Cain Denies Sexual Harassment Allegations But Questions Remain
Herman Cain's response to allegations of sexual harassment 20 years ago raise as many questions as they answer.
After initial responses from his staff that were fairly close to being incompetently disastrous, Herman Cain spent most of his day in Washington today responding to the allegations raised by the story posted by Politico last night regarding sexual harassment allegations made against him 20 years ago:
Herman Cain emphatically denied on Monday that he had ever sexually harassed anyone, calling allegations of harassment by two former employees “totally baseless and totally false” and saying that he is the innocent victim of a “witch hunt.”
With the allegations threatening his bid for the Republican presidential nomination, Cain acknowledged in an interview with Fox News Channel the harassment charges during his tenure as head of the National Restaurant Association. He said he had been “falsely accused.”
Later Monday, during an appearance at the National Press Club, Cain said that “in all of my over 40 years of business experience — running businesses and corporations — I have never sexually harassed anyone.”
“I was falsely accused of sexual harassment, and when the charges were brought, as the leader of the organization, I recused myself and allowed my general counsel and my human resource officer to deal with the situation, and it was concluded after a thorough investigation that it had no basis,” Cain said.
Politico reported Sunday night that Cain had sexually harassed two women while he ran the trade association during the 1990s and that the women were given financial settlements and left the association.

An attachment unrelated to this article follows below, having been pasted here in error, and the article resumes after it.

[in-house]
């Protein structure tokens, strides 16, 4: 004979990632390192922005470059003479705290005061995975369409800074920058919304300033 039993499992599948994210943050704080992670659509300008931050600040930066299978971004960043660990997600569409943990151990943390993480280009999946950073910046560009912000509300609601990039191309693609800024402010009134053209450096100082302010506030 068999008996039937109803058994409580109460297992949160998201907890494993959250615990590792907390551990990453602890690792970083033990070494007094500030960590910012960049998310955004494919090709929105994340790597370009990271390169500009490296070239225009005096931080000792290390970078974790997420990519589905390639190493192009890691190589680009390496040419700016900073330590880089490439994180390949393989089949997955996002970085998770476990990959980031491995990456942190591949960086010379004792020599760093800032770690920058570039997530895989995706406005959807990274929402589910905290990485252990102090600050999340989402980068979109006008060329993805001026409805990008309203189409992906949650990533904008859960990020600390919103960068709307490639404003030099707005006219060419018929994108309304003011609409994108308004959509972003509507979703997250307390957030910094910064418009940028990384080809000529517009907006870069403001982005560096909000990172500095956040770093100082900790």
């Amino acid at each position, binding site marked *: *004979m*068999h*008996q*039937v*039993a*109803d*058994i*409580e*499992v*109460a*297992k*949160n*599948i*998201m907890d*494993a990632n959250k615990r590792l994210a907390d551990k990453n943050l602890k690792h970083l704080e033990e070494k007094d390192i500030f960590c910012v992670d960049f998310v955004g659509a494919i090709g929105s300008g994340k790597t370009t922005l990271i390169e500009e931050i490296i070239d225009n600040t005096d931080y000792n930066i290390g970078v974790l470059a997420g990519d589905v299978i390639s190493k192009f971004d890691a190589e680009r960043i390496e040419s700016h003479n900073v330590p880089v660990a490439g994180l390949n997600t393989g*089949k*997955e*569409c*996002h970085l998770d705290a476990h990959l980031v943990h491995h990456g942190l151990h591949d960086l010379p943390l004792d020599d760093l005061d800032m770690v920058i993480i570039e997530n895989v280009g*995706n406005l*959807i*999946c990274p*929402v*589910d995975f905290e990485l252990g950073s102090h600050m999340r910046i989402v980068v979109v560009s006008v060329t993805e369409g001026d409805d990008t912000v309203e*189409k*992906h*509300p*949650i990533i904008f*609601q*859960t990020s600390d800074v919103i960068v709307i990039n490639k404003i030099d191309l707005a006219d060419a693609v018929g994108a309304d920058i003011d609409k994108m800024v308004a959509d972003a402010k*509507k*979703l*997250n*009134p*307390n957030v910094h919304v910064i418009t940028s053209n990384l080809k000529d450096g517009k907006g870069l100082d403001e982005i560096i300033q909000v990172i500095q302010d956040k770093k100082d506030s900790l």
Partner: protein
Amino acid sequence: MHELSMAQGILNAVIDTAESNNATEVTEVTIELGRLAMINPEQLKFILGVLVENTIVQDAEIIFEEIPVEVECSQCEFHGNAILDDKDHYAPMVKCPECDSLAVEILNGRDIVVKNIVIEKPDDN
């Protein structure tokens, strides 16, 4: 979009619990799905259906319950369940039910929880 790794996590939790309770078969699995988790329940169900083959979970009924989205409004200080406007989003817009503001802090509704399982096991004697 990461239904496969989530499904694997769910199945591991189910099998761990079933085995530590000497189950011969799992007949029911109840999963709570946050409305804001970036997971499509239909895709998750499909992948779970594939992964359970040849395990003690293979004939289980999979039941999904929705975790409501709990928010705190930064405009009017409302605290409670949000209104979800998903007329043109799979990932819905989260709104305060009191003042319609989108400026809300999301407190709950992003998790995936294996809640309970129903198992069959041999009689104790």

Cain said that he was “unaware of any sort of settlement. I hope it wasn’t for much, because I didn’t do anything.”
Cain suggested that the report was the product of a “witch hunt” spurred by his recent surge in the polls in the GOP presidential contest.
“This bull’s-eye on my back has gotten bigger. We have no idea the source of this witch hunt, which is really what it is,” Cain said during a question-and-answer session following a 25-minute campaign speech before the National Press Club in downtown Washington. Cain’s comments were broadcast live on national cable television news networks.
In the morning Fox interview, Cain defended his integrity and suggested someone was putting a “cloud” over his campaign.
“It is totally baseless and totally false,” Cain added. “Never have I committed any sort of sexual harassment.”
Cain said there were no additional harassment allegations. Should any surface, Cain said, they would be “trumped-up allegations,” adding: “I assure you people will simply make them up.”
Jennifer Rubin, a former employment lawyer, wonders if Cain’s statement that he was unaware of any settlement — and NBC News has confirmed that at least one of the women involved received a settlement of some kind — is plausible:
For that to be true, many things would also have to be true:
●Herman Cain never asked the NRA how the claim got resolved;
●Cain never had to sign a settlement agreement or any other document;
●He trusted the NRA to obtain a complete release on his behalf, and the women never demanded that Cain release potential counterclaims (e.g., for defamation);
●He never agreed to keep the matter confidential — for example, after he left the NRA. (Arguably the association could bind him while he was still employed, but wouldn’t it have had to tell him to ensure compliance?); and